Qf7 (29... Qxb5 $1) 30. Nfg6 Nxa3 31. Re7 $1 31... Qd5 {
Both sides threaten checkmate!} 32. Re8+ Kf7 33. Qe7# 1-0
[Event "Exeter Juniors vs Tiverton"]
[Site "?"]
[Date "2013.01.16"]
[Round "3"]
[White "Kelly, Edmund"]
[Black "Thorpe-Tracey, Stephen"]
[Result "0-1"]
[ECO "C44"]
[PlyCount "120"]
{After a promising start, White ran out of ideas and then ran out of pawns.} 1.
e4 e5 2. Nf3 Nc6 3. d4 3... d6 $6 4. dxe5 ({If you find it hard to win the
positions after 4.dxe5, there's nothing wrong with} 4. Bc4) 4... dxe5 5. Qxd8+
Kxd8 6. Bc4 6... f6 {All great stuff so far.} 7. O-O (7. Be3 $1 {
is the most accurate, as it takes away Black's ...Bc5 move.}) 7... Bd7 8. Nc3
Nge7 9. Be3 Na5 10. Bd3 (10. Be2 {leaves open the d-file.}) 10... a6 11. Rad1
Ke8 12. Rfe1 {There's nothing for the Rook to do here.} (12. Rd2 $1 12... Rd8
13. Rfd1 $1 {is very natural, occupying the only open file.}) 12... Rd8 13. Nd5
$6 {I think that helps Black get sorted out.  He was having problems finding a
home for all his pieces - for example, three pieces want to sit at c6!} 13...
Nxd5 14. exd5 Bd6 15. Be2 15... b6 {You're fully developed, so it's time to
think about your plans in this position.  Now, look at the pawns.  You have 4
vs 3 on the Queen's-side, and so one plan is to push forward your pawns there.
If the pieces don't tell you what to do, the pawns will.} 16. Bd2 16... Bb5 {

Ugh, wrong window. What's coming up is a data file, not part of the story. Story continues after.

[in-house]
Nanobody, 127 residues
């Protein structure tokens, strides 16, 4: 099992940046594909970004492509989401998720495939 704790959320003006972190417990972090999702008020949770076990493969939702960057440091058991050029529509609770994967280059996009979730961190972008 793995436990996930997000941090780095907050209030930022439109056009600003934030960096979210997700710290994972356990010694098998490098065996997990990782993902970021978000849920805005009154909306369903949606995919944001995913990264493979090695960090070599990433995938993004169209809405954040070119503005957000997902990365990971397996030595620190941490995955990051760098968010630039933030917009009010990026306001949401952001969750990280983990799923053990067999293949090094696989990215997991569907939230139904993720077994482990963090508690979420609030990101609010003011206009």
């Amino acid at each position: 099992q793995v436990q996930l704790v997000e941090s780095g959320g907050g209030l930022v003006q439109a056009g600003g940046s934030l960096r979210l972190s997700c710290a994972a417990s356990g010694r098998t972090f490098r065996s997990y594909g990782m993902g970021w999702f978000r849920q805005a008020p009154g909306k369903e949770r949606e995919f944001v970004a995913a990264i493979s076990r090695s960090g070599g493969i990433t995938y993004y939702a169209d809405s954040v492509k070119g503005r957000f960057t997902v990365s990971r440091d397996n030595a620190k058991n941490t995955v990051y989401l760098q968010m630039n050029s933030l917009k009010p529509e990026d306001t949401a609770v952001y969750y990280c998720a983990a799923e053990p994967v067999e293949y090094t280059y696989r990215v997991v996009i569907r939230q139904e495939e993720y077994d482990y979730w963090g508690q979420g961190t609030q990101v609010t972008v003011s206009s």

Black offers to swap his better Bishop for White's worse one?} 17. Bxb5+ axb5
18. b3 Nb7 19. h3 {DLRPM} 19... Kf7 20. Nh4 g6 21. Nf3 {
Oh dear, you really are out of ideas!} 21... Bc5 22. Be3 Bxe3 23. Rxe3 Nd6 24.
Nd2 Nf5 25. Rc3 Rd7 26. Nf3 (26. Ne4) 26... Rc8 27. g4 {
Forces Black to win a pawn!} 27... Ne7 $1 {Now you need to find something
special, or you are going to sink.  There isn't always anything special in the
position, but this time there was.} 28. d6 (28. g5 $1 28... Nxd5 29. Rc6 $1
29... e4 30. c4 $1) 28... cxd6 29. Rxc8 Nxc8 30. Rd5 Rc7 31. Ne1 Rc5 32. Rxc5 {
Oh no! Don't swap pieces when you're losing!} (32. Rd2) 32... bxc5 33. Kg2 (33.
a4 {makes use of your one advantage.}) 33... Ke6 34. c4 $1 34... bxc4 35. bxc4
35... Nb6 $1 {Not that hard to see coming.} 36. Kf3 Nxc4 37. a4 d5 38. Ke2 e4
39. f3 exf3+ 40. Nxf3 g5 41. h4 h6 42. hxg5 hxg5 43. Kf2 Kd6 44. Ke2 Kc6 45.